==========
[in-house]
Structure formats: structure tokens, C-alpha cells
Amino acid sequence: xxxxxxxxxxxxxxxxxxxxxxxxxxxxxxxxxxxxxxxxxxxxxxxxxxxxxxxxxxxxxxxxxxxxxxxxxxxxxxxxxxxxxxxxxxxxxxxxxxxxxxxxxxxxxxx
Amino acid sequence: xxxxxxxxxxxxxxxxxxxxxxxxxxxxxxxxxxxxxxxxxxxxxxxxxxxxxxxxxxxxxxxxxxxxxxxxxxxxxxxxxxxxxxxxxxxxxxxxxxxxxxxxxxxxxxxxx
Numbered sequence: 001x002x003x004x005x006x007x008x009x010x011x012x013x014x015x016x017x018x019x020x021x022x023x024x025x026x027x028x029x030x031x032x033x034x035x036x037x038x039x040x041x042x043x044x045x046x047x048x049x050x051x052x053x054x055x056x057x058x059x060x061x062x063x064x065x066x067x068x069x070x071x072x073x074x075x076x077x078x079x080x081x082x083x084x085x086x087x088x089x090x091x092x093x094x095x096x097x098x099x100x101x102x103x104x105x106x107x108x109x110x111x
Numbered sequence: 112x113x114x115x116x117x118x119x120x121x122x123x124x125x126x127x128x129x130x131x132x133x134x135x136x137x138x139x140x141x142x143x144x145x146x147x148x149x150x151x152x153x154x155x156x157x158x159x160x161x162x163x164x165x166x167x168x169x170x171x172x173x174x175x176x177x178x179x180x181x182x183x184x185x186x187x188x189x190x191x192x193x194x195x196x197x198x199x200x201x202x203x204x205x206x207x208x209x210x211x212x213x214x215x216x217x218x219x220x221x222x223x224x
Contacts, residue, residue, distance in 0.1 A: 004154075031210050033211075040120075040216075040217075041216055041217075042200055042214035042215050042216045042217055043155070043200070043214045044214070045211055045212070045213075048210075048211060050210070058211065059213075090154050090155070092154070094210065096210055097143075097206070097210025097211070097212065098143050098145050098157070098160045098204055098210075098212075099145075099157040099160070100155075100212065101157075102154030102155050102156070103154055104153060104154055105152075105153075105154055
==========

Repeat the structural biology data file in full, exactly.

[in-house]
Structure formats: structure tokens, C-alpha cells
Amino acid sequence: xxxxxxxxxxxxxxxxxxxxxxxxxxxxxxxxxxxxxxxxxxxxxxxxxxxxxxxxxxxxxxxxxxxxxxxxxxxxxxxxxxxxxxxxxxxxxxxxxxxxxxxxxxxxxxx
Amino acid sequence: xxxxxxxxxxxxxxxxxxxxxxxxxxxxxxxxxxxxxxxxxxxxxxxxxxxxxxxxxxxxxxxxxxxxxxxxxxxxxxxxxxxxxxxxxxxxxxxxxxxxxxxxxxxxxxxxx
Numbered sequence: 001x002x003x004x005x006x007x008x009x010x011x012x013x014x015x016x017x018x019x020x021x022x023x024x025x026x027x028x029x030x031x032x033x034x035x036x037x038x039x040x041x042x043x044x045x046x047x048x049x050x051x052x053x054x055x056x057x058x059x060x061x062x063x064x065x066x067x068x069x070x071x072x073x074x075x076x077x078x079x080x081x082x083x084x085x086x087x088x089x090x091x092x093x094x095x096x097x098x099x100x101x102x103x104x105x106x107x108x109x110x111x
Numbered sequence: 112x113x114x115x116x117x118x119x120x121x122x123x124x125x126x127x128x129x130x131x132x133x134x135x136x137x138x139x140x141x142x143x144x145x146x147x148x149x150x151x152x153x154x155x156x157x158x159x160x161x162x163x164x165x166x167x168x169x170x171x172x173x174x175x176x177x178x179x180x181x182x183x184x185x186x187x188x189x190x191x192x193x194x195x196x197x198x199x200x201x202x203x204x205x206x207x208x209x210x211x212x213x214x215x216x217x218x219x220x221x222x223x224x
Contacts, residue, residue, distance in 0.1 A: 004154075031210050033211075040120075040216075040217075041216055041217075042200055042214035042215050042216045042217055043155070043200070043214045044214070045211055045212070045213075048210075048211060050210070058211065059213075090154050090155070092154070094210065096210055097143075097206070097210025097211070097212065098143050098145050098157070098160045098204055098210075098212075099145075099157040099160070100155075100212065101157075102154030102155050102156070103154055104153060104154055105152075105153075105154055